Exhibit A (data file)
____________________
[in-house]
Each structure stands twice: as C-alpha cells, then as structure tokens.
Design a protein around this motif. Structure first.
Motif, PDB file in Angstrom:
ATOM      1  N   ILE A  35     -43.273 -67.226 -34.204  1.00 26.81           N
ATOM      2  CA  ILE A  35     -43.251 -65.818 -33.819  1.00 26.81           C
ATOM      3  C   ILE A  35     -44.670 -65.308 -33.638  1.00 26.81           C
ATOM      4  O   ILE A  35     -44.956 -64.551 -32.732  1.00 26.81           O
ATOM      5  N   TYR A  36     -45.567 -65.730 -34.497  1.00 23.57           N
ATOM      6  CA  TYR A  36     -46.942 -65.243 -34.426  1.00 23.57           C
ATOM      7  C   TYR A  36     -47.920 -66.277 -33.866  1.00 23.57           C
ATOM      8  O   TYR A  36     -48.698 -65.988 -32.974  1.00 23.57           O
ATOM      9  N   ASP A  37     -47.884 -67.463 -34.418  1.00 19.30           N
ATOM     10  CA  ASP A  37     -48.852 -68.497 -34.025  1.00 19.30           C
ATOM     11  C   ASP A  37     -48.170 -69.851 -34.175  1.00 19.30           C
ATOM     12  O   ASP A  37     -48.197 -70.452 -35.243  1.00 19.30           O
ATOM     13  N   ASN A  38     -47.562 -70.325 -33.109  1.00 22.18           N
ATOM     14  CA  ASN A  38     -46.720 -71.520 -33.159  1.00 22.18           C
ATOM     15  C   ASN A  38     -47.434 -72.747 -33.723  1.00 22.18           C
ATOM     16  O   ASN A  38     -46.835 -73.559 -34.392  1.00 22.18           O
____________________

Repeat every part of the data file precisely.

[in-house]
Each structure stands twice: as C-alpha cells, then as structure tokens.
Design a protein around this motif. Structure first.
Motif, PDB file in Angstrom:
ATOM      1  N   ILE A  35     -43.273 -67.226 -34.204  1.00 26.81           N
ATOM      2  CA  ILE A  35     -43.251 -65.818 -33.819  1.00 26.81           C
ATOM      3  C   ILE A  35     -44.670 -65.308 -33.638  1.00 26.81           C
ATOM      4  O   ILE A  35     -44.956 -64.551 -32.732  1.00 26.81           O
ATOM      5  N   TYR A  36     -45.567 -65.730 -34.497  1.00 23.57           N
ATOM      6  CA  TYR A  36     -46.942 -65.243 -34.426  1.00 23.57           C
ATOM      7  C   TYR A  36     -47.920 -66.277 -33.866  1.00 23.57           C
ATOM      8  O   TYR A  36     -48.698 -65.988 -32.974  1.00 23.57           O
ATOM      9  N   ASP A  37     -47.884 -67.463 -34.418  1.00 19.30           N
ATOM     10  CA  ASP A  37     -48.852 -68.497 -34.025  1.00 19.30           C
ATOM     11  C   ASP A  37     -48.170 -69.851 -34.175  1.00 19.30           C
ATOM     12  O   ASP A  37     -48.197 -70.452 -35.243  1.00 19.30           O
ATOM     13  N   ASN A  38     -47.562 -70.325 -33.109  1.00 22.18           N
ATOM     14  CA  ASN A  38     -46.720 -71.520 -33.159  1.00 22.18           C
ATOM     15  C   ASN A  38     -47.434 -72.747 -33.723  1.00 22.18           C
ATOM     16  O   ASN A  38     -46.835 -73.559 -34.392  1.00 22.18           O